Welcome to From the Garage, TGR’s weekly feature spotlighting Xbox Live Community Games and independent development. Given the enormous amount of content that is hitting the marketplace, we’ll keep you clear of the garbage and point you in the direction of treasure. This week, we feature CarneyVale Showtime.
A game requiring precise timing and a keen eye for understanding basic physics is essentially what you’re getting with CarneyVale Showtime. In the game you will control Slinky, an acrobat in a circus show. You’ll fling the ragdoll character higher and higher via different “hooks” to pop a number of balloons, find secret stars, and eventually fling his seemingly lifeless corpse through a ring of fire. The game essentially boils down to a vertical platformer, complete with collect-a-thon gameplay.
It manages to break free of some platform genre conventions due to its verticality and its almost complete lack of platforms. The hooks serve as the only means for travel, and work quite well. Timing is paramount as you’re swung around quickly. Most of the time you can save yourself by grabbing onto a nearby hook, but a number of times you’ll flop down to your death.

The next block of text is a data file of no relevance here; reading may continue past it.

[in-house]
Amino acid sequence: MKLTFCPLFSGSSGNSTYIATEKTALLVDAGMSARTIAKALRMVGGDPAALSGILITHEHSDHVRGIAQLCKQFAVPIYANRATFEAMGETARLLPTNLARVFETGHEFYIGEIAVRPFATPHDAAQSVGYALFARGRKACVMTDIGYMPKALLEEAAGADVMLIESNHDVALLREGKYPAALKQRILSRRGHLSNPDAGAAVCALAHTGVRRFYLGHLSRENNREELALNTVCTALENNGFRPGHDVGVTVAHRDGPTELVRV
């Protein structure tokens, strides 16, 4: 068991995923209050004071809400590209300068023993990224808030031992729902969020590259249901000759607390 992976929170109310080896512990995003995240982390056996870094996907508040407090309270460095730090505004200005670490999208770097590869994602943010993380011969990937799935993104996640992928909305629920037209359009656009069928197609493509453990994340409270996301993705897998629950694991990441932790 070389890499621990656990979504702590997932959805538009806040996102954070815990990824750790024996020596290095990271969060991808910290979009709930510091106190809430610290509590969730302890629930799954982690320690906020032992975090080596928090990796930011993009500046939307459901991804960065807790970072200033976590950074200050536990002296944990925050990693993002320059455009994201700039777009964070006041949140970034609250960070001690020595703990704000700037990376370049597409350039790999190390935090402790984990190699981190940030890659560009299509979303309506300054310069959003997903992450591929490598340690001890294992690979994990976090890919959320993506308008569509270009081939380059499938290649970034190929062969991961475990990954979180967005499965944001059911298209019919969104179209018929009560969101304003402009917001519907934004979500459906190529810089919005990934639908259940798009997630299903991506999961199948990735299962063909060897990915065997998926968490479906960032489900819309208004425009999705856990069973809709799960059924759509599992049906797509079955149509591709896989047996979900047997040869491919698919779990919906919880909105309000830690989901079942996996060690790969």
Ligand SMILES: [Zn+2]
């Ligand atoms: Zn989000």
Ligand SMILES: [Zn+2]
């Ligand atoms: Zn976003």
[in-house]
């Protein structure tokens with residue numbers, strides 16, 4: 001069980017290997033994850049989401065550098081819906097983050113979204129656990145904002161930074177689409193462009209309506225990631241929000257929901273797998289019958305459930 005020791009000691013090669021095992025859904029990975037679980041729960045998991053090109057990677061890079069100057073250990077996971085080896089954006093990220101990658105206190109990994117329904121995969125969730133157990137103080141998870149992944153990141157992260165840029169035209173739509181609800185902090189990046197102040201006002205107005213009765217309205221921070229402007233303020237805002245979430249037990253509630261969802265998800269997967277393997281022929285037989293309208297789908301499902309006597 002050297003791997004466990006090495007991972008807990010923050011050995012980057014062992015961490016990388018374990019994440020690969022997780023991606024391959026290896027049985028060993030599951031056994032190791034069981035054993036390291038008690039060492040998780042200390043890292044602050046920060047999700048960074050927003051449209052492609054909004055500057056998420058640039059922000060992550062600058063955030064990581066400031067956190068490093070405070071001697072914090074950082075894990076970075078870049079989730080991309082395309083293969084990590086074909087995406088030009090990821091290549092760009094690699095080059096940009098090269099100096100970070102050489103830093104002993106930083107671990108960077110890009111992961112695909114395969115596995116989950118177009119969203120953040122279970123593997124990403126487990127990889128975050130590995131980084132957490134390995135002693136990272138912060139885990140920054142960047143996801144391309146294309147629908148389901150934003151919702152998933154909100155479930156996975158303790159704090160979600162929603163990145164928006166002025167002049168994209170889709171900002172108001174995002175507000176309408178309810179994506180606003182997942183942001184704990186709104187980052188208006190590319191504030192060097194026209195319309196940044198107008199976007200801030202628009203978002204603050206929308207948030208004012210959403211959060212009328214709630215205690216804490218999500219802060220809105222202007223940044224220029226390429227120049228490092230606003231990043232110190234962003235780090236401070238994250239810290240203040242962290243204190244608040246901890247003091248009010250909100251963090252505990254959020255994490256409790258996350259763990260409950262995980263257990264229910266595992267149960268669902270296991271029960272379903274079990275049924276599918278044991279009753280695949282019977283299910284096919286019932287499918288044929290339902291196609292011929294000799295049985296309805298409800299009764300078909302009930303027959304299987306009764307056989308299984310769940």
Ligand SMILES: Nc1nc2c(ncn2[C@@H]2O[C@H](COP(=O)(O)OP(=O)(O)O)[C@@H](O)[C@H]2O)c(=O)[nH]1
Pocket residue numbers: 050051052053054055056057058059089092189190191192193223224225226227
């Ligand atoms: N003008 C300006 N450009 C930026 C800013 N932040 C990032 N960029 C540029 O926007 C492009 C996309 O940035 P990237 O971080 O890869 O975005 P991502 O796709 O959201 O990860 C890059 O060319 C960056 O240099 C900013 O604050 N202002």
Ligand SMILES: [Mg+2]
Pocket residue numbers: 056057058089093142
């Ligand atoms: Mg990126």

Within each level you’re judged based on how many balloons you’ve popped, and your success or failure at finding the secret star in the level, running through in “perfect” fashion (not dying), beating the level within the “target time” and beating the level at all. You are rated from one to five stars based on how many of these five objectives you complete. It’s up to you if you really want to go out of your way and try to complete all five challenges — I chose not to.
One of the better parts of the game is its graphical presentation. This is a community game, but CarneyVale does not skimp on quality. It stands up to Xbox Live Arcade standards admirably.
CarneyVale is definitely one of the better community games to hit the service, but its quality will depend on how long you are captivated by its vertical levels. CarneyVale definitely deserves to be played, but I’m not convinced it deserves a purchase at 400 Microsoft Points.
Verdict: Try It